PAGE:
By charting the quantity and consistency of your cervical fluid you should be able to pinpoint your period of peak fertility. Combining this with BBT charting will help to further your understanding of the phases of your menstrual cycle, enabling you to determine the time at which you have the best chances of conceiving.

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I don't know when I ovulate due to irregular cycle and my doctor placed me on primolut and to regulate the cycle after 4th day of the last I started my period which was on the 3rd of february and ends today 7th of february. When will my ovulation occur?
by Demot 7th Feb 2012, 10:01am
I just wanted to know how long after the creamy stage of cervical mucus will you see the egg white mucus? I work away from home for a couple of days a week so if I miss a day of sex just before ovulation, will I miss my chance to concieve??
by BonBon75 26th Aug 2009, 11:12am
Hello there.
I have been ttc for the last 10 months with no success.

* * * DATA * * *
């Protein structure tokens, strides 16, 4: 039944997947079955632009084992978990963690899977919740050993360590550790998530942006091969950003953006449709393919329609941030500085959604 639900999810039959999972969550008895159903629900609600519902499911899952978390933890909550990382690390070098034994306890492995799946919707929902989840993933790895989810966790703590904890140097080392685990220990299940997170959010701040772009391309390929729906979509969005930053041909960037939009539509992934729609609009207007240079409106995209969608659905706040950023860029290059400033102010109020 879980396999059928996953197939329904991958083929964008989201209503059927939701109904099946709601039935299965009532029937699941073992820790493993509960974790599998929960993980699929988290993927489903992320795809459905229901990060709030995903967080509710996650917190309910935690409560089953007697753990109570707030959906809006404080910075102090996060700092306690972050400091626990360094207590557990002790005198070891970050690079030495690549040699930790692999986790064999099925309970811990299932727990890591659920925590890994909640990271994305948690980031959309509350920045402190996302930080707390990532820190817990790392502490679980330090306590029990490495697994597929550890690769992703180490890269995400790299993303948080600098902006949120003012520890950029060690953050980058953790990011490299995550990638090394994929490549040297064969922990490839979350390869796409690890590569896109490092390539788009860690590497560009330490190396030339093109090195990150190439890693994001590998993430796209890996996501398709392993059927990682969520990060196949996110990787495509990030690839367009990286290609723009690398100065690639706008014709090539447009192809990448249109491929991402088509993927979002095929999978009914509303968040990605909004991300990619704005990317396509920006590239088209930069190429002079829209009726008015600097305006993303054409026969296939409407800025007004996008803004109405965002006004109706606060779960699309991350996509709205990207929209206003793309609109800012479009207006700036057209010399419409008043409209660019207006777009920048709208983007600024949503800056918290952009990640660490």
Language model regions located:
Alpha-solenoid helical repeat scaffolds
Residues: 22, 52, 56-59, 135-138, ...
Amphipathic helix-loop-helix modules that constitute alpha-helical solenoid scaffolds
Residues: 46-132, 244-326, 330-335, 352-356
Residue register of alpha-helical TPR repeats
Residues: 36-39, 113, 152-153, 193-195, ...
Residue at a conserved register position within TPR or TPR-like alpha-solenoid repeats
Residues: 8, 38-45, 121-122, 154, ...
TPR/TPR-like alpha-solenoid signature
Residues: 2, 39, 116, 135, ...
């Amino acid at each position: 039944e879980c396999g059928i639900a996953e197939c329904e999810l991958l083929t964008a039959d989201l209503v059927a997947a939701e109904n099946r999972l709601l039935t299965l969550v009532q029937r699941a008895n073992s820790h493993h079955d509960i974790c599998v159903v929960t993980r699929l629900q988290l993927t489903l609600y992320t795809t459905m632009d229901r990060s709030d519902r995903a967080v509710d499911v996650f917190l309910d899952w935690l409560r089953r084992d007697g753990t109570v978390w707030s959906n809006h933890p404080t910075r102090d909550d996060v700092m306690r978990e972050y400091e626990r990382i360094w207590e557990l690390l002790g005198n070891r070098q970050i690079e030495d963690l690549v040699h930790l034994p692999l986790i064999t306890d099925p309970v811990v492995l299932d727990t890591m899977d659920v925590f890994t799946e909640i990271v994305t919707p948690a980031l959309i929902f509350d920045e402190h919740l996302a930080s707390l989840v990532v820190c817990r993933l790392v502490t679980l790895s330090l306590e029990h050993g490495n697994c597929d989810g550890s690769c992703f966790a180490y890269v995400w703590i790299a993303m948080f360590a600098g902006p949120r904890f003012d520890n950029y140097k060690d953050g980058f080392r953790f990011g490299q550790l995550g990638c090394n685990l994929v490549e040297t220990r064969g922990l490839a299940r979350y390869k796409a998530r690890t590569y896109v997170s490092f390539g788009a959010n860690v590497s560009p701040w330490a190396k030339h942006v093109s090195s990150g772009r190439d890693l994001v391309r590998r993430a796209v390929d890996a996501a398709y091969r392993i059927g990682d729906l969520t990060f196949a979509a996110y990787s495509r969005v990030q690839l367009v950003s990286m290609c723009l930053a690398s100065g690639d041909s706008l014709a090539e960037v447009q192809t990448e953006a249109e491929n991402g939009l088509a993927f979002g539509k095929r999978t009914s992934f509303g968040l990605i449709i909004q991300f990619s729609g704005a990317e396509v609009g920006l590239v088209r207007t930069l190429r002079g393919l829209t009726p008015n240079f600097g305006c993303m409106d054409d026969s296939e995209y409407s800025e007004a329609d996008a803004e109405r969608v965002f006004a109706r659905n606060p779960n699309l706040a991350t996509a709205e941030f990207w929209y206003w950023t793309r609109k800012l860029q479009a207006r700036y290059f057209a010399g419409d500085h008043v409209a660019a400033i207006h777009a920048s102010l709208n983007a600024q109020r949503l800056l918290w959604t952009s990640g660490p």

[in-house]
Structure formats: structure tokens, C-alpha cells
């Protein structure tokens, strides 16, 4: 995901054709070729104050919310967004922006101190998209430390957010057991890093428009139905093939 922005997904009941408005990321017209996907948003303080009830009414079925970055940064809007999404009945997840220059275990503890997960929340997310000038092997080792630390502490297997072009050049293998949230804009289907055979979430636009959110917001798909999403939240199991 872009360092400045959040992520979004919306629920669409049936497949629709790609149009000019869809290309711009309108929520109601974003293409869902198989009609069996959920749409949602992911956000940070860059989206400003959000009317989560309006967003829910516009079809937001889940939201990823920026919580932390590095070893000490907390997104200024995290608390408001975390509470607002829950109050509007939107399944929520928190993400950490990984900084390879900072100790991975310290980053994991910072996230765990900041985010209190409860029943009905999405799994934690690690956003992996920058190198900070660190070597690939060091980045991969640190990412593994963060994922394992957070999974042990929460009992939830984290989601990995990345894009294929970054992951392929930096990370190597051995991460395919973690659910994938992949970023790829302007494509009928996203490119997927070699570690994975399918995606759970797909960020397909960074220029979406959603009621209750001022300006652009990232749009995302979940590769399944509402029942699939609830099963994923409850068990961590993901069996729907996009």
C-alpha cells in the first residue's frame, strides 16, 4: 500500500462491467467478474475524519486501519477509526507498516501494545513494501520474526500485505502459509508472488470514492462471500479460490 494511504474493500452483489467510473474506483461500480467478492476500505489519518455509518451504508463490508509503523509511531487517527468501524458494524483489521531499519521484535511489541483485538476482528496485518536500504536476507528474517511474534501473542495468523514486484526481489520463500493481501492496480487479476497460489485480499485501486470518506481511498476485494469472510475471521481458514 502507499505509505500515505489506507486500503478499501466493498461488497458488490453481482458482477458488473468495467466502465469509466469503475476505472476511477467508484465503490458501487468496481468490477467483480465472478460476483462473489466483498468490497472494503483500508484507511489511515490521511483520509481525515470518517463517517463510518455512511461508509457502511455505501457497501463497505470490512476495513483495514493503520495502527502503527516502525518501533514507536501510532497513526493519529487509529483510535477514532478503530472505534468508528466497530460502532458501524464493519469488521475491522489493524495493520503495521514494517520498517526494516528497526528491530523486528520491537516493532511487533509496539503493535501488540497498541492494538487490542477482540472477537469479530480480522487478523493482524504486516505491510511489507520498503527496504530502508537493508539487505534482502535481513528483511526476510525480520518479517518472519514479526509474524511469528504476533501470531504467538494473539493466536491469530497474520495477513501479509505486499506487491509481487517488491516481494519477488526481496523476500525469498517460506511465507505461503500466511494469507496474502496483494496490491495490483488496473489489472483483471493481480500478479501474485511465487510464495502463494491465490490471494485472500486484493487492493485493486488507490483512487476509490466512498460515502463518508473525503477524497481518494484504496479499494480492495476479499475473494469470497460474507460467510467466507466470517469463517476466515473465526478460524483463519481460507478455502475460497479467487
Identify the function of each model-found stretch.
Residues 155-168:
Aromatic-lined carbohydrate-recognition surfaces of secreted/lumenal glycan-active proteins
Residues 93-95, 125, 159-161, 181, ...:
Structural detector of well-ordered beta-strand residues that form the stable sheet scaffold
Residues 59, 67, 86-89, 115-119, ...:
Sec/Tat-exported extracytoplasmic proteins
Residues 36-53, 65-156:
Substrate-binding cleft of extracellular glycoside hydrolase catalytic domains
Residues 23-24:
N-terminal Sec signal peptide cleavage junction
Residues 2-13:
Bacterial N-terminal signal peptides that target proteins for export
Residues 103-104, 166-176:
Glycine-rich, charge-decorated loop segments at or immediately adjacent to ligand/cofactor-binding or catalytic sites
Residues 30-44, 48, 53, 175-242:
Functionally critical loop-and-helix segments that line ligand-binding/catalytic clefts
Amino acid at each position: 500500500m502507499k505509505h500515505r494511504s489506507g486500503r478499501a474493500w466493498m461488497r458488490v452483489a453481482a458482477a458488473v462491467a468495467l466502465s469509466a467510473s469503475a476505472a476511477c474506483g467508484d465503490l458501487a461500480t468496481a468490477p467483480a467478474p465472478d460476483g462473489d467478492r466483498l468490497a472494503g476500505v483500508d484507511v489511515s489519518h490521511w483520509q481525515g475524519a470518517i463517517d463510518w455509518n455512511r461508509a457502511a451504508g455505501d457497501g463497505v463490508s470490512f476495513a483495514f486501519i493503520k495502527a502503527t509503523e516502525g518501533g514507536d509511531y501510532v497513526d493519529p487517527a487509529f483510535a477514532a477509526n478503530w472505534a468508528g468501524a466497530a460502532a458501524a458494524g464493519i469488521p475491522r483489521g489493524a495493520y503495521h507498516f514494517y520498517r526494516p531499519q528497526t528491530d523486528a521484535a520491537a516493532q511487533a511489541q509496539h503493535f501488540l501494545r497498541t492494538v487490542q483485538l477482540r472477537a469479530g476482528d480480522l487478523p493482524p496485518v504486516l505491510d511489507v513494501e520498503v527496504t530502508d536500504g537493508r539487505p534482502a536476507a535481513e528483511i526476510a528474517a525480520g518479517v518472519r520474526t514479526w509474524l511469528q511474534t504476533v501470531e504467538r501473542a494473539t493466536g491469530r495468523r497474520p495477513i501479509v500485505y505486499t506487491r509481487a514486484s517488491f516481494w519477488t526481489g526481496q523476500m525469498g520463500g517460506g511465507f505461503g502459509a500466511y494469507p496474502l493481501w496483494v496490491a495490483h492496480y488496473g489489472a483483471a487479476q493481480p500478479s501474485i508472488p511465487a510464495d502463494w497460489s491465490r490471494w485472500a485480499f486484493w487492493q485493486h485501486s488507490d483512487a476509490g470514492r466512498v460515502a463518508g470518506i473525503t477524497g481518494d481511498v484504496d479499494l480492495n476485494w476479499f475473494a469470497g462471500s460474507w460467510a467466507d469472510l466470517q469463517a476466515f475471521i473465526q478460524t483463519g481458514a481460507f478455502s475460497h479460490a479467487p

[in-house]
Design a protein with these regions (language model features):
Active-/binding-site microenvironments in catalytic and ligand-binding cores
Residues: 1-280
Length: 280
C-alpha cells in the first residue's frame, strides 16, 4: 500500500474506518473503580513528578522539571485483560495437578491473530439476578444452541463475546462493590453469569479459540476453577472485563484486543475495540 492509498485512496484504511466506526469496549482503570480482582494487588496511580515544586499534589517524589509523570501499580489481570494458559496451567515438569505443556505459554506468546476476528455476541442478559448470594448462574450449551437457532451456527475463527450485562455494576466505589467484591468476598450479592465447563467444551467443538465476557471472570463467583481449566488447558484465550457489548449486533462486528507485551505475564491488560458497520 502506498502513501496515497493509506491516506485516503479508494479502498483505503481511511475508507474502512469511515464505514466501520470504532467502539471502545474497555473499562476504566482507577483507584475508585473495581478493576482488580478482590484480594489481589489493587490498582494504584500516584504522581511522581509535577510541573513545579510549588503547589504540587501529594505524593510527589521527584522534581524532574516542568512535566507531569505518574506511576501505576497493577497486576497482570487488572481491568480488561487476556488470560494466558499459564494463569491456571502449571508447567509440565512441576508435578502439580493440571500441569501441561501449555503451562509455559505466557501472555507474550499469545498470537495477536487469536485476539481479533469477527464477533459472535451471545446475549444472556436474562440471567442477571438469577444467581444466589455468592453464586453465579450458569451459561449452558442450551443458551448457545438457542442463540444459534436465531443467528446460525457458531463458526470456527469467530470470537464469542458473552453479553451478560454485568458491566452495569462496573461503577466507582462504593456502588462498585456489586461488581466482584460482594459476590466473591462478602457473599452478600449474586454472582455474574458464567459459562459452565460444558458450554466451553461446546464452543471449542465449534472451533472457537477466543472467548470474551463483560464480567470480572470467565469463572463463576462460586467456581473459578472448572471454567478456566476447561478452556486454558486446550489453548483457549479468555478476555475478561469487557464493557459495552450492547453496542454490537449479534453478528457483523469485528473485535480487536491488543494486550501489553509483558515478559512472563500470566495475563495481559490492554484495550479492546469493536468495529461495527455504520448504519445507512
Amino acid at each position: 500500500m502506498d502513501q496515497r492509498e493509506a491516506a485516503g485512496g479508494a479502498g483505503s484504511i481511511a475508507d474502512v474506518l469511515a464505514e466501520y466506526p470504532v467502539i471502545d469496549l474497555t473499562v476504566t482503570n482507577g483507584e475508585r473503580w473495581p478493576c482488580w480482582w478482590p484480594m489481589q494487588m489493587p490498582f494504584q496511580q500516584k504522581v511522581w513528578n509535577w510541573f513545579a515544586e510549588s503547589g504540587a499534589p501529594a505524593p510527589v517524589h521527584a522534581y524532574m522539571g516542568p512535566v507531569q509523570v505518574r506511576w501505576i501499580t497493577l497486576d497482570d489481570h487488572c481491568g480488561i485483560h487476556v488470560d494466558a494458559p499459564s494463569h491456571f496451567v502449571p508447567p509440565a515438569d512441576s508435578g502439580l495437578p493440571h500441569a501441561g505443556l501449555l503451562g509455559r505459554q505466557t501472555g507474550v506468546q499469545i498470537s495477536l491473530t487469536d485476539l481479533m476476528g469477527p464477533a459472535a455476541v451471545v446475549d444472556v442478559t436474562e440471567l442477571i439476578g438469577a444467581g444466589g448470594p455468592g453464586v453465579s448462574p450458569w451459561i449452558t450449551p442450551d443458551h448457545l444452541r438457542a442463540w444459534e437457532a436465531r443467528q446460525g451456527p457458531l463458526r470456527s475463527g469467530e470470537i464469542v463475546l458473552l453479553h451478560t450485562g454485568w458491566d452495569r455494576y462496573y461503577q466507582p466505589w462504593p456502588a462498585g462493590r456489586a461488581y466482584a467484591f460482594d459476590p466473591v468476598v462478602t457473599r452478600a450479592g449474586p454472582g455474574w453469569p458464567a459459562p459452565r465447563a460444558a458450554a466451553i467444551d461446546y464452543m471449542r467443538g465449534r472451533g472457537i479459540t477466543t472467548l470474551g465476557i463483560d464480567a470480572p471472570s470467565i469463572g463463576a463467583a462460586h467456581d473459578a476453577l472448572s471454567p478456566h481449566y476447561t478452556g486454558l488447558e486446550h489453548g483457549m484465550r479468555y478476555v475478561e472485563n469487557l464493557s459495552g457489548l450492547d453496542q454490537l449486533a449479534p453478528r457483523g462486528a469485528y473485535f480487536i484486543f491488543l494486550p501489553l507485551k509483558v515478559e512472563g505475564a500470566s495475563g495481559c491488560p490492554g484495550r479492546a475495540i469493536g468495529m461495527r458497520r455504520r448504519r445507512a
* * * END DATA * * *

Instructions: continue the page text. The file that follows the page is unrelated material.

I have been using opk's for the last 3 months too but I have no sign of this cervical mucus at ovulation time.. In fact I seem to have an excess of thick white discharge when my ovulation is at its peak.
Could this be a sign of a problem? Anyone?
Ps. I lost a baby last year in February and haven't seen any cervical mucus since.
Could this have something to do with it?
I would appreciate your views thank you.
by Melza 24th Jun 2009, 9:49am
So wot does it mean if ur discharge is clear and sticky, just abit bigger than a 50 cent piece??
by weretamunro07 11th May 2009, 11:41am
CAN YOU GET PREGNANT WITH OUT HAVING THE RESEMLANCE OF EGG WHITE SERVICAL MICUS MY SERVICAL MUCUS IS MORE LIKE CREAMI AND NNO STRECHEABLE
by almuka 11th May 2009, 11:41am
so it can get darker
by sonee 14th Apr 2009, 12:50pm
HELLO EVERYONE....I HAVE A QUESTION...IF MY CERVICAL FLUID LOOKS LIKE EGG WHITES ON TISSUE, AND CREAMY ON HAND; HOW CAN I TELL WHE AND IF IM OVULATING??

ANYONE WITH AN ANSWER PLEASE... THANX
by karamel89 4th Dec 2008, 8:48am